I've spent the last week in my hometown of Salt Lake -- an annual summer visit to celebrate my Mother's 79th birthday. Although I was born in Denver, CO, I came to Salt Lake when I was but a couple of weeks old and lived here until I moved to Phoenix in 1983 to go to Graduate School. This town is truly my hometown -- it's buildings, streets, mountains and rivers are imprinted on my DNA like a salmon who migrates home to spawn. And though I grew up here and I've now lived away from Salt Lake longer than I lived there, its still "home".The physical structure of the land hasn't changed much -- the valley is still ringed by 11,000 foot peaks, but the space between is now crammed with over one million people. When I was living here it was something in the neighborhood of 550,000. This once sleepy little city in the middle of nowhere at the crossroads of the West -- like all of us -- has grown up. As I ride along the boulevard that runs atop the east bench of the mountains, I look down on a valley that is now filled from the West mountains to the East with people, ringed with freeways and other roads, and at night, lots of lights filling the bowl between the mountains. The open fields and farmlands in the West and South parts of the valley are now filled with subdivisions and strip malls and big-box stores, and the office buildings creep ever higher on the mountains.
But the family is still here -- my Brother Gordon and his wife and kids, my Sister Jill and her husband, and Mom and Ron. So is my best friend Dave, who I've known for nearly 40 years, and his wife and kids who have adopted me and made me part of their family. We are all older -- kids and adults. My little nieces and nephews aren't so "little" anymore. We are older, somewhat slower, and not as active as we once were, but still full of love and laughter. We've all changed and grown up, just like Salt Lake City has. They all still live here -- like those familiar places that mark the "old" Salt Lake City I grew up with -- while me, the rover with wanderlust in his veins, has left for other adventures. But like the prodigal son, I return time and time again to my hometown, that will remain my hometown even if and when everyone in my family has left or passed away.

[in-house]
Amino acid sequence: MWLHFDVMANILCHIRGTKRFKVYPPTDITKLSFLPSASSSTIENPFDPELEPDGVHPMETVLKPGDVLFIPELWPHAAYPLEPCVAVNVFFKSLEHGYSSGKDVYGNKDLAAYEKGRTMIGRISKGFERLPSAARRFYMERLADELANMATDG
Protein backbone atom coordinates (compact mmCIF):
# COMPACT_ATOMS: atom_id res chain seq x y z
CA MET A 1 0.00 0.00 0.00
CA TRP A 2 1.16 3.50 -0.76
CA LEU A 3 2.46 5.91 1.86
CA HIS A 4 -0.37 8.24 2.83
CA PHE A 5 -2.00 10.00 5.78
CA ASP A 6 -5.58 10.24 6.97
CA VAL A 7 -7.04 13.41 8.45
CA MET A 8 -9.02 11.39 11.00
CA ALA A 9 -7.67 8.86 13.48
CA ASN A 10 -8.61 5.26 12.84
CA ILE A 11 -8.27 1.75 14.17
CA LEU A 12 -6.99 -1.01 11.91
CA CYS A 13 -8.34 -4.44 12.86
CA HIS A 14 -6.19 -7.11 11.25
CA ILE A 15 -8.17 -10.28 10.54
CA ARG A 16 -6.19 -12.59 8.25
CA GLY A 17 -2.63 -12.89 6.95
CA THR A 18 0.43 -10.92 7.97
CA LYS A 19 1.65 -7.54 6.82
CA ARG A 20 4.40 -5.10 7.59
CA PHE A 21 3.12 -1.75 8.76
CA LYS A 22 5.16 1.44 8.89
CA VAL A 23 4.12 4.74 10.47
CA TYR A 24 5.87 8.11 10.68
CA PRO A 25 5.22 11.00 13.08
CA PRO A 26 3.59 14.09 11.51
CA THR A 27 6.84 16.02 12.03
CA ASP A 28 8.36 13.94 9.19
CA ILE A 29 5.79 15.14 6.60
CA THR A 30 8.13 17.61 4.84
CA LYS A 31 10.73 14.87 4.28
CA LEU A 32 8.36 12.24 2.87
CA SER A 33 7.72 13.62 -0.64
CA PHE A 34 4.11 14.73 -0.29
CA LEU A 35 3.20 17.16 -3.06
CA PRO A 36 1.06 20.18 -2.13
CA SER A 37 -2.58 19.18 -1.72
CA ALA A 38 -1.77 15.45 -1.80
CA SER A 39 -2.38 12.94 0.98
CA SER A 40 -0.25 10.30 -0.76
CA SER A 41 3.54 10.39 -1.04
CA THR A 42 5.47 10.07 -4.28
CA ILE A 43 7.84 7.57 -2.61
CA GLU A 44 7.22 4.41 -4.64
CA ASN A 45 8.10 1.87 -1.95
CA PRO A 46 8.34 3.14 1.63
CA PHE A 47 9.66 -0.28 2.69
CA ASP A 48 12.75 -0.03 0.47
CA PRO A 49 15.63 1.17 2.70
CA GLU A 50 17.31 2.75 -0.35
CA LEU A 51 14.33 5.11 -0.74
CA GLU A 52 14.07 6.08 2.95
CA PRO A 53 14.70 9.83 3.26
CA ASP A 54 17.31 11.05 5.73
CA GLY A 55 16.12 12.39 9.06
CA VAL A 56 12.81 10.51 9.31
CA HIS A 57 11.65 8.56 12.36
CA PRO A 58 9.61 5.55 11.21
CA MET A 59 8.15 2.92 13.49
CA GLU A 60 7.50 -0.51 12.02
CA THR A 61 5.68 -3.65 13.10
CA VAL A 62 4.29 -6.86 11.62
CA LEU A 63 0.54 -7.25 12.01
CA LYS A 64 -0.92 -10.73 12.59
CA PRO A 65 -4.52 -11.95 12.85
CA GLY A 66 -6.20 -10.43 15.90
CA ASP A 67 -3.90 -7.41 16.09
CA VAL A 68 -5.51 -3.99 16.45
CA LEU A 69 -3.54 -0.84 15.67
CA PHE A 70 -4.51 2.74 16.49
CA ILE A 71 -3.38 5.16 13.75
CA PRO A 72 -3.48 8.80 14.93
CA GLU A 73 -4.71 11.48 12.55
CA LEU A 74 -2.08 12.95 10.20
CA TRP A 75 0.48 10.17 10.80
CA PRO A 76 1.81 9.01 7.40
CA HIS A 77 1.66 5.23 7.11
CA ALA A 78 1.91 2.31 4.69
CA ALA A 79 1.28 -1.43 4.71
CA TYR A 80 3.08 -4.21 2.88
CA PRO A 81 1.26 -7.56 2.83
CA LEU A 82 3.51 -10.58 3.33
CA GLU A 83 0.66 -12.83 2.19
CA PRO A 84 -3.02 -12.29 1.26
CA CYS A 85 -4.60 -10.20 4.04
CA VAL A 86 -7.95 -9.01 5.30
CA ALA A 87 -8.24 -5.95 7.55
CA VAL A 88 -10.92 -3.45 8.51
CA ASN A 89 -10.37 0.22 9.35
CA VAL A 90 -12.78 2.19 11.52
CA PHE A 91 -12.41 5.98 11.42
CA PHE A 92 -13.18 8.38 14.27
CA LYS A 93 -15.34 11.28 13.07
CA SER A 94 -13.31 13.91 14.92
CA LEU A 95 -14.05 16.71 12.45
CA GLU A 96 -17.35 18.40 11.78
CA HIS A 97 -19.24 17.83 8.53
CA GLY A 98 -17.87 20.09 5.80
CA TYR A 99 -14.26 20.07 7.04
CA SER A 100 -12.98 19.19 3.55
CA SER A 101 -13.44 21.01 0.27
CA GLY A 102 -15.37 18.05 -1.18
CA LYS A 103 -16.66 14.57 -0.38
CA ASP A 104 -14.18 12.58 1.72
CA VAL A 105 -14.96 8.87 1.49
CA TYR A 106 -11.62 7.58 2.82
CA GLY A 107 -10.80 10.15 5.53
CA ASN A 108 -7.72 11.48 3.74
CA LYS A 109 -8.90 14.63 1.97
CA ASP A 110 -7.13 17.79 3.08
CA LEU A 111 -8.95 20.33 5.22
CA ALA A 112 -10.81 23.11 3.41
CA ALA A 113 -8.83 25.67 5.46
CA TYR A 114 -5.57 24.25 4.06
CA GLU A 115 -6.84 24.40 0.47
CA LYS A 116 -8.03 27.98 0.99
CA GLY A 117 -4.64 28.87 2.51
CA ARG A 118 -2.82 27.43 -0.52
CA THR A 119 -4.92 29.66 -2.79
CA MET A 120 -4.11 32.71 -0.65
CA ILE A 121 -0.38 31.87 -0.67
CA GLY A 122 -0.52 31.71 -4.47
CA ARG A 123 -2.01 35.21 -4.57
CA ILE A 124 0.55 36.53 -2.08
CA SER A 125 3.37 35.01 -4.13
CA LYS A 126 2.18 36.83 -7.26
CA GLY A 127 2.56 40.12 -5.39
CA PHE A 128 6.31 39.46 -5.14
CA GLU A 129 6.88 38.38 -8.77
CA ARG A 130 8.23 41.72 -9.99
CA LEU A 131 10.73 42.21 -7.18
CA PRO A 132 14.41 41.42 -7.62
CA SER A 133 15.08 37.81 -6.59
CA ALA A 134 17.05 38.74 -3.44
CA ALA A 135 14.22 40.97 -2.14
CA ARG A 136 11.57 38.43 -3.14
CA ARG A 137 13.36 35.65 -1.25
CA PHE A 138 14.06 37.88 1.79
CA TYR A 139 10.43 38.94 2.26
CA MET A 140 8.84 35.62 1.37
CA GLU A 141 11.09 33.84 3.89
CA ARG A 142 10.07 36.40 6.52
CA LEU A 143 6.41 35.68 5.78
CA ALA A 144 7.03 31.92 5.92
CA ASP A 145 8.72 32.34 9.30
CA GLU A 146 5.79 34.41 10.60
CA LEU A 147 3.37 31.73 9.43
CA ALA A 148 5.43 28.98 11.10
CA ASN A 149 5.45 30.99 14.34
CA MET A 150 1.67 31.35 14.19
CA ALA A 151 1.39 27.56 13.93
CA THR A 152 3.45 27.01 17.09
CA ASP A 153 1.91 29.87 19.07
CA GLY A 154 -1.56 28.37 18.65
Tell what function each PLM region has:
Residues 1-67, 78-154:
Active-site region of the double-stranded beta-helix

And I'll continue come back time and time again -- to refresh my soul in the mountains, which, though more crowded these days, still retain their draw. The mountains are eternally unchanged in the scale of human time, and they remain just the same as when I was a kid -- filled with cool mountain streams and fresh pine air and towering granite cliffs. I'll return to Mom's house in the shadow of Mt. Olympus and enjoy her peach and apple pies which are the best ever baked. And I'll return to feel the love I have for this place and my family, and that they have for me. Those things will never change.